Aurora, Illinois shooting
|Aurora, Illinois shooting|
|Part of Mass shootings in the United States|
|Location||Henry Pratt Company,|
641 Archer Ave,
Aurora, Illinois, United States
|Date||February 15, 2019 |
1:24 – 2:59 p.m. (CST, UTC−6)
|Mass shooting, workplace violence|
|Weapons||.40 S&W pistol|
|Deaths||6 (including the perpetrator)|
|7 (6 by gunfire)|
|Perpetrator||Gary Montez Martin|
The first reports of the shooting began to arrive at 1:24 p.m., with the first officers arriving four minutes from the first call. Witnesses said they saw the perpetrator carrying a handgun with a green laser sight attached. The shooting prompted a multi-agency response with agents from the Federal Bureau of Investigation, the Bureau of Alcohol, Tobacco, Firearms and Explosives, and the United States Marshals Service assisting local police. The shooter returned fire when law enforcement arrived. Officers reported at 2:59 p.m. that the suspect had been shot and killed. The exchange of gunfire lasted about 90 minutes. In total, five people were killed by the gunman. Five police officers were injured along with another civilian. The perpetrator was killed by law enforcement officers.
The five victims fatally shot were male workers at the Henry Pratt plant: a 32-year-old human resources manager, a 37-year-old plant manager, a 46-year-old mold operator, a 55-year-old stock room attendant and forklift operator, and a 21-year-old student of Northern Illinois University on his first day as a human resources intern.
The six injured police officers ranged in age from 23 to 59. Four of them sustained gunshot wounds, one was injured by shrapnel, and one had a non-gunshot injury sustained while responding to the shooting. None of the injuries were life threatening.
Gary Montez Martin, a 45-year-old former employee of the Henry Pratt plant, was identified as the perpetrator. Relatives of the shooter told reporters that he had been released from his position at the company about two weeks prior to the shooting. Other news outlets reported that he was being fired from his job on the day of the shooting, and that the shooting itself started during the termination meeting.
Martin was convicted in 1995 for a felony aggravated assault in Mississippi, and served two-and-a-half years in prison in Mississippi for that conviction. Aurora police stated that he had six arrests with the Aurora Police Department, including arrests for domestic violence and violating a restraining order, and that he had a 2017 arrest in Oswego, Illinois for disorderly conduct and criminal damage to property.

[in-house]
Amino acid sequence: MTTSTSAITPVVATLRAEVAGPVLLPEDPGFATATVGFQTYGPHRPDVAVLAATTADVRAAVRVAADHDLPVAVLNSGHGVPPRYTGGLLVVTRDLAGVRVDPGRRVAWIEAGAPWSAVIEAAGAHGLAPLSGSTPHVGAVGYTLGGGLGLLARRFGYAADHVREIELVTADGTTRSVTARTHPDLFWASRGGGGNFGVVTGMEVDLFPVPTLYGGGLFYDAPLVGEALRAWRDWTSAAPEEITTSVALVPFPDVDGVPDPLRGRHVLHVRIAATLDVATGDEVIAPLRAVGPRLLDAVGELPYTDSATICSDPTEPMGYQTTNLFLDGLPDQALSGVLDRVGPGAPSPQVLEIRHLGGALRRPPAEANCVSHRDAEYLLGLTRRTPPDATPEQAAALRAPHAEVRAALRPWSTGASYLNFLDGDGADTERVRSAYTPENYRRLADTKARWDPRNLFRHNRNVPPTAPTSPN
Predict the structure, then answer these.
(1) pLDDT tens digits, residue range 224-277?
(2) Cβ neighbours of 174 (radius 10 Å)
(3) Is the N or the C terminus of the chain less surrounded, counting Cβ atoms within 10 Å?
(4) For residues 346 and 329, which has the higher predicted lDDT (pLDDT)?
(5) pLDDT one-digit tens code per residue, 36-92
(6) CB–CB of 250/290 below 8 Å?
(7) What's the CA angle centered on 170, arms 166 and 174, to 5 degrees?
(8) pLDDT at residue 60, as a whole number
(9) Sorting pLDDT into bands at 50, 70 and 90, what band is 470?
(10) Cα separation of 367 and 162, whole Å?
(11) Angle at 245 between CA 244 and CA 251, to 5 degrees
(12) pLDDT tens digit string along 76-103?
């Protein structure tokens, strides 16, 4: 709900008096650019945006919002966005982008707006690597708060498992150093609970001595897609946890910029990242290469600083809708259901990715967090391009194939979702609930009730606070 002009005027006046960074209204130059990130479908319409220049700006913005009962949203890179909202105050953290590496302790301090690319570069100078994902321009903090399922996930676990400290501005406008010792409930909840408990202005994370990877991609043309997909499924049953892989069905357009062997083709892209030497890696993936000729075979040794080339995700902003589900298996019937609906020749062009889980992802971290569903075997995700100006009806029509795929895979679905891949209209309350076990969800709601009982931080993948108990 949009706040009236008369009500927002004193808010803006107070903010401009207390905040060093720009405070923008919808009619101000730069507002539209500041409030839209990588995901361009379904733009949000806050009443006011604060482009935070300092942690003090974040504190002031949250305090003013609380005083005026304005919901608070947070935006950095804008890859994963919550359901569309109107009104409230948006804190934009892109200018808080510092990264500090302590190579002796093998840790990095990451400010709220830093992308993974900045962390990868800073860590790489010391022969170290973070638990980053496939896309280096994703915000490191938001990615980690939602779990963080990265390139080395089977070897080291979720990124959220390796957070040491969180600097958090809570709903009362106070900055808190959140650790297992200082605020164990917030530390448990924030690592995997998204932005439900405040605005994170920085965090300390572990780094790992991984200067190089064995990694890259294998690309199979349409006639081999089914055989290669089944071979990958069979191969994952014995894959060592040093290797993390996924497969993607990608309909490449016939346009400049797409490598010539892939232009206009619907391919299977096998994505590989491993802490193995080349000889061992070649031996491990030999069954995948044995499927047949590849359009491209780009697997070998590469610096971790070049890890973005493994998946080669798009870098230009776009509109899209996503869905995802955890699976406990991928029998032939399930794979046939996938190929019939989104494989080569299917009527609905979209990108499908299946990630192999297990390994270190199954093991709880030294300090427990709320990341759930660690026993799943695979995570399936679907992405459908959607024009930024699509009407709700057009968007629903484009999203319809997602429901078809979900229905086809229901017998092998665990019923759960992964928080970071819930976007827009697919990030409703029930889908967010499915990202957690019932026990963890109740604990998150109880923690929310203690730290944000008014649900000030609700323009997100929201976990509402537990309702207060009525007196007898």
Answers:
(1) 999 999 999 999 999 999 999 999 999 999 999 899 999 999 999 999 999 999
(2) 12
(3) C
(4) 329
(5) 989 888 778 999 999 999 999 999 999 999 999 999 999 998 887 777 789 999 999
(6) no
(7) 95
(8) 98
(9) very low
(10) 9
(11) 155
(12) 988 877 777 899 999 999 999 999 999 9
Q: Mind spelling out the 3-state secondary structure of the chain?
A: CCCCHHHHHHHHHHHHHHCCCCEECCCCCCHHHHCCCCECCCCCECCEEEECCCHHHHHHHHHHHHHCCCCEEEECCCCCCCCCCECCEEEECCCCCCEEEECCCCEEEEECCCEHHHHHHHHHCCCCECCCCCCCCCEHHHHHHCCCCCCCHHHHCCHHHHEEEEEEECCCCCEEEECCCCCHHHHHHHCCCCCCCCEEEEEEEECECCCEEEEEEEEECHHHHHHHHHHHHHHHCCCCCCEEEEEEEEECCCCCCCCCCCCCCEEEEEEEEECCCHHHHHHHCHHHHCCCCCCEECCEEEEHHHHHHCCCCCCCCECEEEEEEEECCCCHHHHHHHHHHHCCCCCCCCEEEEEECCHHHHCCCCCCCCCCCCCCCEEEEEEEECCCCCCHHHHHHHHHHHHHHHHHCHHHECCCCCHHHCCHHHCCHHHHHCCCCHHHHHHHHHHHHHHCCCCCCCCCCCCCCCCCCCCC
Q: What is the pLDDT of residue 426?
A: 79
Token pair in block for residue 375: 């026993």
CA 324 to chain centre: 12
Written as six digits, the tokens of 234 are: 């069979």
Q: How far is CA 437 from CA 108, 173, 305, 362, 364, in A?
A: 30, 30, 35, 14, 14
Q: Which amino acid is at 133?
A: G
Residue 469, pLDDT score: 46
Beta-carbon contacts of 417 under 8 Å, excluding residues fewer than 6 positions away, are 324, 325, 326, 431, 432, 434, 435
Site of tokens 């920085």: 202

Martin was not legally allowed to possess a gun in Illinois because of his prior felony conviction in Mississippi. However, in 2014 he applied for, and was issued an Illinois FOID card because the FOID background check in Illinois did not involve a fingerprint check. In March 2014, he was able to buy a gun (which he is believed to have used during the shooting) from a licensed gun dealer in Aurora using that FOID card. Later that month he applied for a concealed carry license from the Illinois State Police. The concealed carry background check involved a fingerprint check, and Martin's felony conviction was discovered at that point. The Illinois State Police rejected his concealed carry application, cancelled his FOID card and sent him a written notice demanding that he turn in the gun that he had purchased. He did not do so. According to a CNN report, the authorities are now trying "to determine why he didn't surrender the weapon and whether law enforcement followed up with him to confiscate the gun."
On February 15, after the shooting, the police conducted a search of Martin's home but did not find anything to indicate that he had planned the shooting in advance.
U.S. Senators Tammy Duckworth and Dick Durbin thanked law enforcement for their response, as did Governor J. B. Pritzker and President Donald Trump. Trump also offered condolences to the victims and their families. Aurora Mayor Richard Irvin said, "It's a shame that mass shootings such as this have become commonplace in our country [and] that a cold and heartless offender would be so selfish as to think he has the right to take an innocent life. But we as a society cannot allow these horrific acts to become commonplace."
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- "Aurora shooting victims: What we know about those killed in Henry Pratt warehouse shooting", ABC News WLS-TV, via archive.org
- Henry Pratt Company official website